From NCLB to the Common Core to the never-ending evolution of technology, the world of education continues to withstand continuous change, but none as swift and impactful as the change the pandemic has generated. Teachers have had to abandon their customary practices nearly overnight and shift to new ways to try and reach students. The closure of schools caused the most dramatic shift in education in history and though most have remained diligently supportive of their students, a deep resistance to make any further changes appears to be unrealistic.

According to the Track-Shift stages developed for participants and leaders who are experiencing and navigating change, the first phase of Deconstructing the Norm is often where forced or attempted change halts. This phase is comprised of the two stages of Turmoil and Regret that involves dismantling the old norm. Per the example of teachers navigating a completely new teaching modality, they have experienced all stages of this phase as outlined below, including apprehension, fear of the unknown, loss of control, grief, disorientation, and confusion.

Though these first two stages are identified as expected and necessary throughout any change process, it is critical that progression to the next three stages takes place for the change to actualize. The seat-based schools appear to be stuck in these first two stages, creating an inability to transition to the next phase of Constructing the New Norm, where an openness to new practices takes place. In order for teachers to transcend the first phase of deconstruction during this change, effective leadership is critical in developing and communicating a vision for what effective online teaching can look like during this time. The current minor modifications that merely imitate seat-based practices and have proven less than effective, demonstrate an unwillingness to truly change practices to accommodate the current distant learning set up. Integrating tools and practices reflective of independent study standards could be part of that communicated vision that comes from leadership, but that seems to be halted in the stage of Regret where disorientation and confusion persists.

The progression through the phases and stages of change can be arduous and filled with resistance. As part of SHIFT’s stages of change from a leader’s perspective, action steps are provided and outlined below that a leader can take in order to properly address and treat the emotions that emerge during change.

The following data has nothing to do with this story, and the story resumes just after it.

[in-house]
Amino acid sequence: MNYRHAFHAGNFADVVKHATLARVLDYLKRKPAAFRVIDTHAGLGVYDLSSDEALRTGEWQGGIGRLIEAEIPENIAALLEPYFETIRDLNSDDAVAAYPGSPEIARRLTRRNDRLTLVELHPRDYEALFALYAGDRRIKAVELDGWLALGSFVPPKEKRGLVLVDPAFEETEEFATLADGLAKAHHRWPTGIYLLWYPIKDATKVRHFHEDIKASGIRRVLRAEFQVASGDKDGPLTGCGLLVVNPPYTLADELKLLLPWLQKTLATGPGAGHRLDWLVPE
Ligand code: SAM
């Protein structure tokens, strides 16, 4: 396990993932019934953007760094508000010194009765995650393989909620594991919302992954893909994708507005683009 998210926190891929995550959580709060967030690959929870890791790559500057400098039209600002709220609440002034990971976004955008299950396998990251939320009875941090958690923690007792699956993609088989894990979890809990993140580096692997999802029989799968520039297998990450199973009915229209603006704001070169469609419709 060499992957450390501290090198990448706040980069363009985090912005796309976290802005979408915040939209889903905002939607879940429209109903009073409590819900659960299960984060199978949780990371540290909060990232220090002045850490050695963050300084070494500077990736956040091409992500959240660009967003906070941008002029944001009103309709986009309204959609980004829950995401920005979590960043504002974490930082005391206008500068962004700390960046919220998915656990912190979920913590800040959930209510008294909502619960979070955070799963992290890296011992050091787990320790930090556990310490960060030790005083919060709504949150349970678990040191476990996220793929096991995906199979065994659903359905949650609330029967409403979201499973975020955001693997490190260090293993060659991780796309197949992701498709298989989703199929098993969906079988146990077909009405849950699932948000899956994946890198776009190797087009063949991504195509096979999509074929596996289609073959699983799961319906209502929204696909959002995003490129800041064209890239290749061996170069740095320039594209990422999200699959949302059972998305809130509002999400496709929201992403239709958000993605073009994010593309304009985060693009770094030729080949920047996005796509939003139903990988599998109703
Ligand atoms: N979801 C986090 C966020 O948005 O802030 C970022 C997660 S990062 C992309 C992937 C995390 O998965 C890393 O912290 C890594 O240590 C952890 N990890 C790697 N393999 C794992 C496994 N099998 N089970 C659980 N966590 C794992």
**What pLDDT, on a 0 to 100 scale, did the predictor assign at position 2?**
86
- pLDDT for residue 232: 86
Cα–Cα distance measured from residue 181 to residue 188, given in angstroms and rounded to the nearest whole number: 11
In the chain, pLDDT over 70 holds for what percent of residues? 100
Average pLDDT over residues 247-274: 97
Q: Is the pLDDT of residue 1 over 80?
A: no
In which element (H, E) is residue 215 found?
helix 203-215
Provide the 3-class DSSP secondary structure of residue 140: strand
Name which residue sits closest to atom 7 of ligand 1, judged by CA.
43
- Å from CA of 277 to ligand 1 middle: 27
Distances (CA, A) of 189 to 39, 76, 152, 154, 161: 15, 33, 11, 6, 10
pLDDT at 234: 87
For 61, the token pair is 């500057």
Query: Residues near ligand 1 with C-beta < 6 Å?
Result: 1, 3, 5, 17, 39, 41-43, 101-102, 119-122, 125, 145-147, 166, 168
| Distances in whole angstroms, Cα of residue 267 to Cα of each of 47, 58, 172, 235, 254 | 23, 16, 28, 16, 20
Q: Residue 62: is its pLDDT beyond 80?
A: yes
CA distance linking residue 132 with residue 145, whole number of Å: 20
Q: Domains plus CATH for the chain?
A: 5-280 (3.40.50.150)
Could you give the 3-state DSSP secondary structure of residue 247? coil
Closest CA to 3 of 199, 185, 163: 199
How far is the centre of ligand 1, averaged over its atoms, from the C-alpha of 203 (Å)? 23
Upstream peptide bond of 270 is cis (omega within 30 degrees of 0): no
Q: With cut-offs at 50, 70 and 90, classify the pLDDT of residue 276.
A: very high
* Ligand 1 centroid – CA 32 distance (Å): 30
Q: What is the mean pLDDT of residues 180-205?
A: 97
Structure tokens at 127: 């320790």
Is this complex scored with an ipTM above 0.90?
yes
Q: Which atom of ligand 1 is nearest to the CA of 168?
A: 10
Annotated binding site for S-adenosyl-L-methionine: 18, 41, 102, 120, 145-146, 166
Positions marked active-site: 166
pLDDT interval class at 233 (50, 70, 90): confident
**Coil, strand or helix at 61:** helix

As part of the effort to advance to Stage 3 of Adjustment, a leader needs to employ the action steps of Imitating the New Norm through guiding, connecting, and persisting with the vision of the new norm in order to assist the actualization of the change. Leaders of the seat-based schools have the opportunity now to create and implement a vision of how teaching online can be modified to better serve both students and teachers. This vision can be effectively administered with ample guidance and persistence in order to support the teachers who may struggle with the change within an overall resistant industry, ripe for innovative ways to reach students and achieve outcomes.

It is important to note that these changes may be temporary and once the pandemic is behind us, seat-based schools will likely revert to their traditional practices. In reflecting on that likelihood, I believe this time has revealed a deep resistance to change within the overall field  of education. Online learning has been an established modality in education for nearly twenty years and yet, seat-based schools were scrambling to implement any version of it, once the pandemic and school closures hit. This tumultuous time has been a hard lesson on change for many. If we were all able to recognize resistance to change we each may possess, we might be able to let go of it as individuals and overall industries in order to better serve those who rely on us. It’d be quite revolutionary to learn from this temporary force of change and humbly acknowledge the need to be more flexible and limber in order to accommodate students and teachers in any situation. Just maybe TRACK/SHIFT can help in that revolution.

This article was originally published at www.jessicaspallino.com. Her latest book, Change, can be found on Amazon.com or on her website.